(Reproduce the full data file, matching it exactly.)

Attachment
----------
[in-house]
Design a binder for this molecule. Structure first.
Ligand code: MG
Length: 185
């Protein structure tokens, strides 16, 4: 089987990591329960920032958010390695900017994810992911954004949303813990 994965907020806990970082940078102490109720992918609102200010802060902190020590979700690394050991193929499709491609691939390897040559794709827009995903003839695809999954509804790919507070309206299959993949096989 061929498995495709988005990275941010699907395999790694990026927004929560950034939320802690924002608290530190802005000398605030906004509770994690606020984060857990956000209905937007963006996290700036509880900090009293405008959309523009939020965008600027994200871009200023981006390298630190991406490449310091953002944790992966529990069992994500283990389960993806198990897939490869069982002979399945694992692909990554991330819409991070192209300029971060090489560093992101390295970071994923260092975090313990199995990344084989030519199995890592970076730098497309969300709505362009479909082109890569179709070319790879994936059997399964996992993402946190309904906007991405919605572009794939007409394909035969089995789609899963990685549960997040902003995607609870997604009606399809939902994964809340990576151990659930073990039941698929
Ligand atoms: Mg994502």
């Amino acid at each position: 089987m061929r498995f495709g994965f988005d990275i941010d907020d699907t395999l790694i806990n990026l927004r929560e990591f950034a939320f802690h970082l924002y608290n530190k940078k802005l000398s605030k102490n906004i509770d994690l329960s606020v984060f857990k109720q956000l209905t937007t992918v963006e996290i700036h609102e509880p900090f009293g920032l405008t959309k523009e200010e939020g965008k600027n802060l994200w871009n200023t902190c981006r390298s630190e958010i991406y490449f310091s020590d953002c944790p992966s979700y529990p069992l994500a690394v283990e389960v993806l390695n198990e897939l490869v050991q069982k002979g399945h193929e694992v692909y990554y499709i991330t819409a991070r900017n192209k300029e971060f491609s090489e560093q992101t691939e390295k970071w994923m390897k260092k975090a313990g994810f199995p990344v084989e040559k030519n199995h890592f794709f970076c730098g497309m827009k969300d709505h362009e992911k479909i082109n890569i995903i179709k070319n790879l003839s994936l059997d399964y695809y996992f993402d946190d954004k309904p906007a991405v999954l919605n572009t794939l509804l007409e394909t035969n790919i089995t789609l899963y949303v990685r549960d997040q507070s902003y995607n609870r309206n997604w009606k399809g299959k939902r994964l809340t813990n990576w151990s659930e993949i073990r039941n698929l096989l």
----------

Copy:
[in-house]
Design a binder for this molecule. Structure first.
Ligand code: MG
Length: 185
């Protein structure tokens, strides 16, 4: 089987990591329960920032958010390695900017994810992911954004949303813990 994965907020806990970082940078102490109720992918609102200010802060902190020590979700690394050991193929499709491609691939390897040559794709827009995903003839695809999954509804790919507070309206299959993949096989 061929498995495709988005990275941010699907395999790694990026927004929560950034939320802690924002608290530190802005000398605030906004509770994690606020984060857990956000209905937007963006996290700036509880900090009293405008959309523009939020965008600027994200871009200023981006390298630190991406490449310091953002944790992966529990069992994500283990389960993806198990897939490869069982002979399945694992692909990554991330819409991070192209300029971060090489560093992101390295970071994923260092975090313990199995990344084989030519199995890592970076730098497309969300709505362009479909082109890569179709070319790879994936059997399964996992993402946190309904906007991405919605572009794939007409394909035969089995789609899963990685549960997040902003995607609870997604009606399809939902994964809340990576151990659930073990039941698929
Ligand atoms: Mg994502």
């Amino acid at each position: 089987m061929r498995f495709g994965f988005d990275i941010d907020d699907t395999l790694i806990n990026l927004r929560e990591f950034a939320f802690h970082l924002y608290n530190k940078k802005l000398s605030k102490n906004i509770d994690l329960s606020v984060f857990k109720q956000l209905t937007t992918v963006e996290i700036h609102e509880p900090f009293g920032l405008t959309k523009e200010e939020g965008k600027n802060l994200w871009n200023t902190c981006r390298s630190e958010i991406y490449f310091s020590d953002c944790p992966s979700y529990p069992l994500a690394v283990e389960v993806l390695n198990e897939l490869v050991q069982k002979g399945h193929e694992v692909y990554y499709i991330t819409a991070r900017n192209k300029e971060f491609s090489e560093q992101t691939e390295k970071w994923m390897k260092k975090a313990g994810f199995p990344v084989e040559k030519n199995h890592f794709f970076c730098g497309m827009k969300d709505h362009e992911k479909i082109n890569i995903i179709k070319n790879l003839s994936l059997d399964y695809y996992f993402d946190d954004k309904p906007a991405v999954l919605n572009t794939l509804l007409e394909t035969n790919i089995t789609l899963y949303v990685r549960d997040q507070s902003y995607n609870r309206n997604w009606k399809g299959k939902r994964l809340t813990n990576w151990s659930e993949i073990r039941n698929l096989l």